Two Paint Pouring Techniques = SUPER FUN!
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Hi everyone! I am participating in a Facebook Challenge group, and my challenge was to create a SWIPE acrylic paint pouring piece. Six members’ names were randomly chosen and paired with a technique in a second box. The members participating in this COLLABORATION have one week to complete the painting and provide it on this post! You must state the colors used. Any colors and canvas. I took a photo after I completed my Swipe piece, but then I decided to SPIN it!
WATCH my SPIN & SWIPE Acrylic Paint Pouring Technique Video
SUPPLIES I USED FOR MY SWIPE & SPIN ART
- ColourArte Primary Elements pigment powders (Blissful Bordeaux, Pink Parasol, Venetian Red, Butter Toffee and Shy Rose)
- ColourArte Putting on the Glitz pigment powders (Laguna Azul, Palazzo, Butter Toffee, Venetian Red, Georgia Peach, Bells of Ireland, Malachite, Apple Rose, Bellagio Blue, Marigold, Blissful Bordeaux, Crushed Velvet)
- Elmer’s Glue-All
- Treadmill Silicone
- 8″x10″ Canvas
- Dixie Cups
- Stir Sticks
- Rotating Cake Stand (My Spinner)
MY PAINT AND POURING MEDIUM RECIPES
Paint Recipe: 2-parts Pouring Medium to 1-part Paint (add more paint or more pouring medium as needed.)
Pouring Medium Recipe: 3-parts Floetrol, 2-parts Elmer’s Glue-All, and 1-part Water
Mixing pigment powders is a little different than mixing acrylic paint. I put the powder in my cup and then added enough pouring medium to cover the cup’s bottom. Mix until the powder is dissolved, and then add the remaining amount of pouring medium to the cup.
MY SWIPE & SPIN PROCESS
Once I mixed my paints, I added 3 drops of Treadmill Silicone oil to each color and mixed gently. It has been my experience to mix gently and slowly and not over-mix the silicone oil. Every time I over-mix the oil, the cells are very small and will not grow. The idea is to mix the silicone oil through the paint while maintaining its integrity (and without making the oil angry, lol!).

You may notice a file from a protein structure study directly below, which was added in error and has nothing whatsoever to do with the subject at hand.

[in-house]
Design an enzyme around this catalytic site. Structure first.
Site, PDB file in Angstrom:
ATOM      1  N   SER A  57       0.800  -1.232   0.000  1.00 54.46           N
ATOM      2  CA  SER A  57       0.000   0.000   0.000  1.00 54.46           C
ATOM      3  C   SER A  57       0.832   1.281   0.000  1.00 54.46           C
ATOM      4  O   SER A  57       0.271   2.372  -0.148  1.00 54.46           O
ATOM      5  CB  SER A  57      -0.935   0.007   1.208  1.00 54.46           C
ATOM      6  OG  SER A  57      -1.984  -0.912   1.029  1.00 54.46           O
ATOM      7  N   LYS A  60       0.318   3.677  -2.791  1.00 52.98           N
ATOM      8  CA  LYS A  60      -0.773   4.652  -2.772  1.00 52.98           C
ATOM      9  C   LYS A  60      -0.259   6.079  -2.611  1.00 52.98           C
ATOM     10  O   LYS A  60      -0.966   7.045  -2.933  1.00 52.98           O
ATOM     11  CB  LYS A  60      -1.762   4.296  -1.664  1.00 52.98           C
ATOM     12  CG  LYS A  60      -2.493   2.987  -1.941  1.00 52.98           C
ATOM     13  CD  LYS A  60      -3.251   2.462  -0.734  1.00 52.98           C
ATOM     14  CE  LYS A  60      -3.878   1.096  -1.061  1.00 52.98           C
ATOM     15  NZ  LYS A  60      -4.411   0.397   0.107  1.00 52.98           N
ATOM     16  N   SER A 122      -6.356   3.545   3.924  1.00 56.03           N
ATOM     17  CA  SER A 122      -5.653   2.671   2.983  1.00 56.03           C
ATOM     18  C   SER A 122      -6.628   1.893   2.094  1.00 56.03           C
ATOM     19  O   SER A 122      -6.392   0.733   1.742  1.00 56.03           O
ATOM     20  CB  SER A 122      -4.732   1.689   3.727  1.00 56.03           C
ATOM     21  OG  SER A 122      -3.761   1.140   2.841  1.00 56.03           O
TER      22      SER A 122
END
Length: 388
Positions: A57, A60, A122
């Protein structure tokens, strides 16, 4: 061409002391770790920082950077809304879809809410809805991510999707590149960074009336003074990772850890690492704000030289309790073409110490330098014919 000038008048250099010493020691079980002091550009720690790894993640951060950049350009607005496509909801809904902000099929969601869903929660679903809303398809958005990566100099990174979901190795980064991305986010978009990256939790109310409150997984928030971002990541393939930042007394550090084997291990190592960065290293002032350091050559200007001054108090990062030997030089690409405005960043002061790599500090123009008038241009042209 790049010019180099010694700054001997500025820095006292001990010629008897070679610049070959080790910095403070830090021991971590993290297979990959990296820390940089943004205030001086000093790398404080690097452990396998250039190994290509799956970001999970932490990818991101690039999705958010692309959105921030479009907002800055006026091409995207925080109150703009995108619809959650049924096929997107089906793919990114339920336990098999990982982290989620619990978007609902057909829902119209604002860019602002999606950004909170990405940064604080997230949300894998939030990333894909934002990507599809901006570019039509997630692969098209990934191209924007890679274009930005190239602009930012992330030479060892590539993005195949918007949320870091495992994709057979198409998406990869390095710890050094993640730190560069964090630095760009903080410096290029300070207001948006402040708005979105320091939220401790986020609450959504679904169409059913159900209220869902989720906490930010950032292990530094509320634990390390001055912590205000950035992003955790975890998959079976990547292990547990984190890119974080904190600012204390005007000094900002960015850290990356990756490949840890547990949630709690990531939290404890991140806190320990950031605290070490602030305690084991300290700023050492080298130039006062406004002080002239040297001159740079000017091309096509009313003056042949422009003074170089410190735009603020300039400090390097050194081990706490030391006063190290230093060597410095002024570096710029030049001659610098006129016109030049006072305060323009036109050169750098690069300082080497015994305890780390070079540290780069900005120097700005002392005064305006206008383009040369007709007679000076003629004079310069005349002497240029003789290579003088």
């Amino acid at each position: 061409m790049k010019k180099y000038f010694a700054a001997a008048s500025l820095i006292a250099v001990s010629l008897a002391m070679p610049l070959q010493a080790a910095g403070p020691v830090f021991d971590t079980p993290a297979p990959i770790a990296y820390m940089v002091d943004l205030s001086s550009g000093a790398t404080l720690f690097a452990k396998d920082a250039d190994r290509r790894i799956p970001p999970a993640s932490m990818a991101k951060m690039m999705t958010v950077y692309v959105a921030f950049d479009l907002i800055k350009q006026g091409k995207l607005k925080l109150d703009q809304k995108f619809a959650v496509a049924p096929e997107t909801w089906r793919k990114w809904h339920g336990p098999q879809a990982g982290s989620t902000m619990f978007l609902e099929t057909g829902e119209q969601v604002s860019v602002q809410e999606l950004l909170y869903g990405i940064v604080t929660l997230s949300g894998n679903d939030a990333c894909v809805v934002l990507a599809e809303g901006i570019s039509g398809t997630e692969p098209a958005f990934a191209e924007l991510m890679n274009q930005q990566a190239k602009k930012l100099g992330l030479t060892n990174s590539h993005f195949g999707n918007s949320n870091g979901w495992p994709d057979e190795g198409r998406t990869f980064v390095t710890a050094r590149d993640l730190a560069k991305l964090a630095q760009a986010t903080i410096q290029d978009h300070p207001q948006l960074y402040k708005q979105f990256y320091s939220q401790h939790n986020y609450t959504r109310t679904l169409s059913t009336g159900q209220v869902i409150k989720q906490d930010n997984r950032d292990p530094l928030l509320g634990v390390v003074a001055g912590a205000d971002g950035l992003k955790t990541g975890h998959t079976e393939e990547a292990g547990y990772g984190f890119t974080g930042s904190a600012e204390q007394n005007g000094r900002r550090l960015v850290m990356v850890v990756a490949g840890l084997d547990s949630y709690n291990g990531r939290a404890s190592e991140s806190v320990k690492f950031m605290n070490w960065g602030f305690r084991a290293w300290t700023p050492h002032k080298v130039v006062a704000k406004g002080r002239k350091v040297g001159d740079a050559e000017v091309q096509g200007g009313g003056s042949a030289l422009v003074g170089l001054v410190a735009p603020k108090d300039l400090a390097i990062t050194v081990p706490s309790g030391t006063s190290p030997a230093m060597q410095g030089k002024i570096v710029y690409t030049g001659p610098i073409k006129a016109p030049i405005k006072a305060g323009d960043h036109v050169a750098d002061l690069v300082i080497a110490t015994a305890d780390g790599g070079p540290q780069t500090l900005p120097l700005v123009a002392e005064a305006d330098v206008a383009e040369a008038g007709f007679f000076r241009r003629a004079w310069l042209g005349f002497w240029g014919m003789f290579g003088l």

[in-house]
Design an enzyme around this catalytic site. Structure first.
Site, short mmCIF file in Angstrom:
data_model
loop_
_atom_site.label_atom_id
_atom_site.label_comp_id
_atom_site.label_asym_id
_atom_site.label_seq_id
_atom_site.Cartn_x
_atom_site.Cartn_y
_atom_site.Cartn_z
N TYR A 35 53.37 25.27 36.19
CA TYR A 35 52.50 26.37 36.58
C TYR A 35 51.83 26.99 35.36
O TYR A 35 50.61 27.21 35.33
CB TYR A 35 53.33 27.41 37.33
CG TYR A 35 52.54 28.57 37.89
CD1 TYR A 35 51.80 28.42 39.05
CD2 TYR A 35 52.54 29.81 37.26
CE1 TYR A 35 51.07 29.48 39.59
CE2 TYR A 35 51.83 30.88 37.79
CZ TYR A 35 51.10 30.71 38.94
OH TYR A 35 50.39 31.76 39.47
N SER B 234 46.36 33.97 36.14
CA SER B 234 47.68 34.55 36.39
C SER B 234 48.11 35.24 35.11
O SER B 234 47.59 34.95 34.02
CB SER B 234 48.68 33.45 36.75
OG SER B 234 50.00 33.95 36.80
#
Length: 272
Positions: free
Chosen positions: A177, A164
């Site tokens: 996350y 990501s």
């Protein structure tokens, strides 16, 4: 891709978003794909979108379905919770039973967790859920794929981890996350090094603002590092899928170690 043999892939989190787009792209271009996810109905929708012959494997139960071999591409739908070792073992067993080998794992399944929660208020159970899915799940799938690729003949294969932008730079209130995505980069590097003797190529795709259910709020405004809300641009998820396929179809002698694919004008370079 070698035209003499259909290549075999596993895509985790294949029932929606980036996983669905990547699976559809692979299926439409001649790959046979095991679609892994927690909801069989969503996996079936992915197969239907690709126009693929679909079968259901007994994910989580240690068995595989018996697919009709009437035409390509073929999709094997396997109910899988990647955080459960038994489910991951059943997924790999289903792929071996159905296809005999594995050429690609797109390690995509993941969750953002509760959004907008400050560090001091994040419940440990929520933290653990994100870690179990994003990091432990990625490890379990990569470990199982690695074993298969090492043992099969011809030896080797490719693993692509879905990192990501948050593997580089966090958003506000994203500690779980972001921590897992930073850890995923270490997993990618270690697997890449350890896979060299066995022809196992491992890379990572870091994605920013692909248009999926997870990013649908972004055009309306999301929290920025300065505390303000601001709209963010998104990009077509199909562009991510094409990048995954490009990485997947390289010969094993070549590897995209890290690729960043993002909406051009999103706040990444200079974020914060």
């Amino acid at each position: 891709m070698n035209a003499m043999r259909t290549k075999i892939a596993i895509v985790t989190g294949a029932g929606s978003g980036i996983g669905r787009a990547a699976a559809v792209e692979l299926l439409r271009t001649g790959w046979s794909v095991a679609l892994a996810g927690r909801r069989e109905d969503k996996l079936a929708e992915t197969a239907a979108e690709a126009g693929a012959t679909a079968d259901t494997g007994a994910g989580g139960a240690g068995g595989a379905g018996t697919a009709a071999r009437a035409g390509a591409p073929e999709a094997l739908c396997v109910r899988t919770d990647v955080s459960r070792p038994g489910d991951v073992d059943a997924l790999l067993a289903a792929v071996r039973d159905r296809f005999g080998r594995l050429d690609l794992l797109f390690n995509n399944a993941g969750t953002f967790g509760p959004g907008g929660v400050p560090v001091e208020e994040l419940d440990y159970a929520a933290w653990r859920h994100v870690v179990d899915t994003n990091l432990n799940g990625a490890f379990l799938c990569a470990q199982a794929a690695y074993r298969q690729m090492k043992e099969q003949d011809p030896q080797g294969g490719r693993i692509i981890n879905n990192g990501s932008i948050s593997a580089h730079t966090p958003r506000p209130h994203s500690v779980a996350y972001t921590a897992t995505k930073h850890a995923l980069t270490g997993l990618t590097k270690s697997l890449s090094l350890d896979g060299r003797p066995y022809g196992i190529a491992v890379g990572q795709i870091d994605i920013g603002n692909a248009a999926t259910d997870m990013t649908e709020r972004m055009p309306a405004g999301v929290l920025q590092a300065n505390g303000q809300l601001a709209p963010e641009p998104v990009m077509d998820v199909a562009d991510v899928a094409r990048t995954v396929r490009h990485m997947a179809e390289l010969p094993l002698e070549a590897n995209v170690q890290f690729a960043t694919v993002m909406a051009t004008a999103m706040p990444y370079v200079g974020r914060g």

For the first Swipe (00:04:00 in the video), I added the colors to the canvas in a spiral design. I then added white paint to the sides, edges, and corners of the canvas to ensure that those areas got covered.
I then added white paint to the right sides of the canvas to use as my Swipe color. To give you an idea of how much swipe color to use, the paint line I put across the canvas is about 1″x10″, and it is thick enough to cover the area.
I used a dry paper towel as my SWIPE tool. You can use any tool you readily have available. I decided to use a dry paper towel to absorb some of the excess paint I had on the canvas.
This is the SUPER FUN PART!!! Place the towel gently over the top of the SWIPE paint color without pressing down. Once it has absorbed some paint, slowly pull the towel down the canvas and watch the CELLS form and grow!
Now, I will let the cells grow and add heat as needed. Once I saw that the cells had stopped growing, I decided to SPIN the canvas.
TIP: If you have a hard time with your canvas staying secure on your spinner, try adding some paint, water, or pouring medium to the spinner surface before placing your canvas. The moisture will help secure the canvas to the spinner so it does not fly off when you spin.
I had a SUPER FUN time working on these art pieces. This would be a great way to create some unique galaxy or space art pieces.
In another project, I created some pieces using the SPIN & SWIPE technique. It is amazing how different the results can be by using the same materials but reversing the technique. Go take a look and let me know what you think!
Swipe & Spin Acrylic Paint Pouring Technique
A FREE RESOURCE TO ASSIST YOU: PAINT POUR CALCULATORS
Knowing how much paint to use can be a frustration to some artists. While it is best to mix more paint than needed for your project, mixing too much paint can be time-consuming and sometimes wasteful. When I first started learning about paint mixing, I watched many videos that said “use about this much” or “just eyeball it.” These learning techniques may work for some, but I had a hard time feeling confident to start learning until I watched more to learn what “just eyeball it” really meant.
It’s time to take the guesswork out of the mix!
I have created two calculators for you to use to help determine how much paint is needed for your project. These calculators are a FREE resource to assist you with your project. And they are simple to use! You will enter the height and width of your square or rectangle surface (or diameter if using a circle surface) and the depth of the side of your surface. The calculators will give you the approximate ounces of paint you will need to complete your project!